On 1st August 1808, 8,740 troops of a British expeditionary force under Wellesley’s temporary command began to disembark at the mouth of the Mondego river, west of Coimbra. Four days later, a further 4,750 troops – freed-up from Andalucía following the Spanish victory at Bailen on 20th July – began to come ashore. By 10th August, the combined army of 13,500 men was marching on Lisbon. At Leiria, Freire, commander of the local Portuguese army, somewhat grudgingly loaned Wellesley 2,000 troops under the command of Colonel Trant, a British officer in the Portuguese service. Wellesley reached Alcobaça on the 14th, by which time he was fully aware that a French army under Delaborde stood in his path one day’s march away at Obidos. On the 16th, Delaborde redeployed his force of some 4,350 men along a low ridge east of Roliça, 6km south of Obidos.
At dawn on the 17th, Wellesley advanced from Obidos in a crescent-shaped formation, with the two wings under Trant and Ferguson thrust forward. Just as his forces were in danger of being enveloped, Delaborde fell back to a much stronger position on the heights above the village of Columbeira.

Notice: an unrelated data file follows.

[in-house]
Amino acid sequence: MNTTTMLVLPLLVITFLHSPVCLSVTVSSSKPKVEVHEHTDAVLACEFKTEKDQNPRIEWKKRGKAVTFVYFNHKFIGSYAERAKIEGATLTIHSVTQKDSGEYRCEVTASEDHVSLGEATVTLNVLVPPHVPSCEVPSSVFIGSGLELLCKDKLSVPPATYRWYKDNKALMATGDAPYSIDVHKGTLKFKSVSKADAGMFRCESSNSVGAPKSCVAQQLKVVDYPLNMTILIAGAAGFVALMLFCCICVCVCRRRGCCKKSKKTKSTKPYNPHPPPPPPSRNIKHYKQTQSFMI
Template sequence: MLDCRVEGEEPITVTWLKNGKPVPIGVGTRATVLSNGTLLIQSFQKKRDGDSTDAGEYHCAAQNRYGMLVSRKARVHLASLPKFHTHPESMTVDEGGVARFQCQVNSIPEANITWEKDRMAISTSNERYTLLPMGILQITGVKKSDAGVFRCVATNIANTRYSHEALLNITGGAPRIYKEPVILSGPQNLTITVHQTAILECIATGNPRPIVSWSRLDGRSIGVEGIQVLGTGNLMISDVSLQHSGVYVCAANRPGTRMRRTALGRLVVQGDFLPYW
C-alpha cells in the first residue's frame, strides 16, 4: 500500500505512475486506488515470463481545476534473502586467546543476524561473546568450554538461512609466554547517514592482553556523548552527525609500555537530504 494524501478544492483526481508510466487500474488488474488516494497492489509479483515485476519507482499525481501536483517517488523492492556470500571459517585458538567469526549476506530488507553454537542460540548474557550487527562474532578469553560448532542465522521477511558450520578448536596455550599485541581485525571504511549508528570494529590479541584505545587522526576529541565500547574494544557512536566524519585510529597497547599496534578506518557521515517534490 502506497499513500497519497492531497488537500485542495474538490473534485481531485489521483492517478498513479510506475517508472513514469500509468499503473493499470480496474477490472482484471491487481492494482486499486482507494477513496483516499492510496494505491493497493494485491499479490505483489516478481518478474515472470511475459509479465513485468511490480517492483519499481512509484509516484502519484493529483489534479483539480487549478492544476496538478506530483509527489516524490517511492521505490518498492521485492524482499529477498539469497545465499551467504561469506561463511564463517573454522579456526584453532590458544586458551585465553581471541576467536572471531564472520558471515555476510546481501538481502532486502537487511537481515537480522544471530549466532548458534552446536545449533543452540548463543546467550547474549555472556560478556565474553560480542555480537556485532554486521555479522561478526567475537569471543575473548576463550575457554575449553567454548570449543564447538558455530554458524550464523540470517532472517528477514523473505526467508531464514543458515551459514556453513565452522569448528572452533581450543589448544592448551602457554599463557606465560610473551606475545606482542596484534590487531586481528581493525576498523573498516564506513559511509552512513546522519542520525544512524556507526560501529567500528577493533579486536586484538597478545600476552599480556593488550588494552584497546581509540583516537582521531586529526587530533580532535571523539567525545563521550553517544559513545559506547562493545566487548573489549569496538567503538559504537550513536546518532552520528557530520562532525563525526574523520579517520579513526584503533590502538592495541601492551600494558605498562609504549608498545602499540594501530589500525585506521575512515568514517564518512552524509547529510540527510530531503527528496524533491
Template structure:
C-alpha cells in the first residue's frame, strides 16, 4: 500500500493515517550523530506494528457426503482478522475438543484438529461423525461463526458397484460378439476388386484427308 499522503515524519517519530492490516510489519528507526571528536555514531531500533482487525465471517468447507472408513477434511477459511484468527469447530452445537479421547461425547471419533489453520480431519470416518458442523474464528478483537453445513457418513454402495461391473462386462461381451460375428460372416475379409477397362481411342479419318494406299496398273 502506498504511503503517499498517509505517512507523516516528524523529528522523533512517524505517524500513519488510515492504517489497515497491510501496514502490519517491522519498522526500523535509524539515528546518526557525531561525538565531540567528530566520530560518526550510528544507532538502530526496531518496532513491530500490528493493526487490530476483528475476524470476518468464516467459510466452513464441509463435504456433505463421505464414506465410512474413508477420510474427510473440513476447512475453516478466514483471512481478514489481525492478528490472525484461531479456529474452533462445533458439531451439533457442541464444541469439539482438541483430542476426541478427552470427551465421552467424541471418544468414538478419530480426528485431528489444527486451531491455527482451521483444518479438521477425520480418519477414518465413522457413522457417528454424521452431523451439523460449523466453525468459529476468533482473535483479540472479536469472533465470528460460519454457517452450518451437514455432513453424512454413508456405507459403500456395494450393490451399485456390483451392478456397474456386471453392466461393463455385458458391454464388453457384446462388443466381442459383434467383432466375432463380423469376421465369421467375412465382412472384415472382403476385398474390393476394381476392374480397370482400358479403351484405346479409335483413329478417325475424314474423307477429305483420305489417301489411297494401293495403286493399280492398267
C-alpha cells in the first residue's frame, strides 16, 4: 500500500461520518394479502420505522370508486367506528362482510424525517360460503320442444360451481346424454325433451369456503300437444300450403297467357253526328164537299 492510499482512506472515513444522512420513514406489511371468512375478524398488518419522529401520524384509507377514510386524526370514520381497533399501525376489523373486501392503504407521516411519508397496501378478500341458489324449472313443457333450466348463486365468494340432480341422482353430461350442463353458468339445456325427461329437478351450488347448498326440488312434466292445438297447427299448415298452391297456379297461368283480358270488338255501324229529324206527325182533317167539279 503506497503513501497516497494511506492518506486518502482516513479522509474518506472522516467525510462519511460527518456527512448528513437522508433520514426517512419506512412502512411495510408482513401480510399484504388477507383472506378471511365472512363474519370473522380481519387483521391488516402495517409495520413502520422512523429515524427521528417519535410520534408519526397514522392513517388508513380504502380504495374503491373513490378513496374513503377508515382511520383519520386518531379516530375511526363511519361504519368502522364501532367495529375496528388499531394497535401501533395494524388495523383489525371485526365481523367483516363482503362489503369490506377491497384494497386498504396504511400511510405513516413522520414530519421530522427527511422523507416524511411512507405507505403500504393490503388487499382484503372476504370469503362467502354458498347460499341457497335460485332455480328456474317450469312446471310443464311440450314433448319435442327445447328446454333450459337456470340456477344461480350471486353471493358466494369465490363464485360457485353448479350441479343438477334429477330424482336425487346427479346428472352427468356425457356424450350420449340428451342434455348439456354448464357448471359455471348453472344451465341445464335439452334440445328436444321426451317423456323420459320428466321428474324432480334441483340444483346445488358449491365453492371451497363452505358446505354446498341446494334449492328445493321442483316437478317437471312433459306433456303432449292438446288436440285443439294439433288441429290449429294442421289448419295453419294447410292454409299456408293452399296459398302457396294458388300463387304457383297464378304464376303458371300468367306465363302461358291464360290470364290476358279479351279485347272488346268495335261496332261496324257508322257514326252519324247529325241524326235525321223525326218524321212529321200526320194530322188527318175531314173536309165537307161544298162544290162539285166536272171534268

After taking time to re-group, Wellesley again pushed forward, intending his centre to assault the heights only after Trant and Ferguson were in a position to provide support on both flanks.
In practice, the 29th Regiment led by Lt. Col. George Lake forged on ahead through a gully in the hillside and, despite coming under fire from three sides, was able to reach the brow of the hill before being broken by a French charge. The gallant – if foolhardy – Lake was killed while 6 officers and 30 other ranks were captured. The survivors of the 29th fell back down the hillside into the ranks of the supporting 9th Regiment. By now, Wellesley had ordered the 5th, 9th, 82nd and 45th Regiments into a frontal attack against the heights. After two hours of bitter fighting during which the French threw back three assaults, the British finally gained firm footholds along the crest. With his right flank now under threat from Ferguson, Delaborde disengaged from the battle as best he could and with no little skill. French losses amounted to 600 men killed or wounded and three guns; of the 474 British and Portuguese killed, wounded or taken prisoner, nearly half were from the 29th Regiment.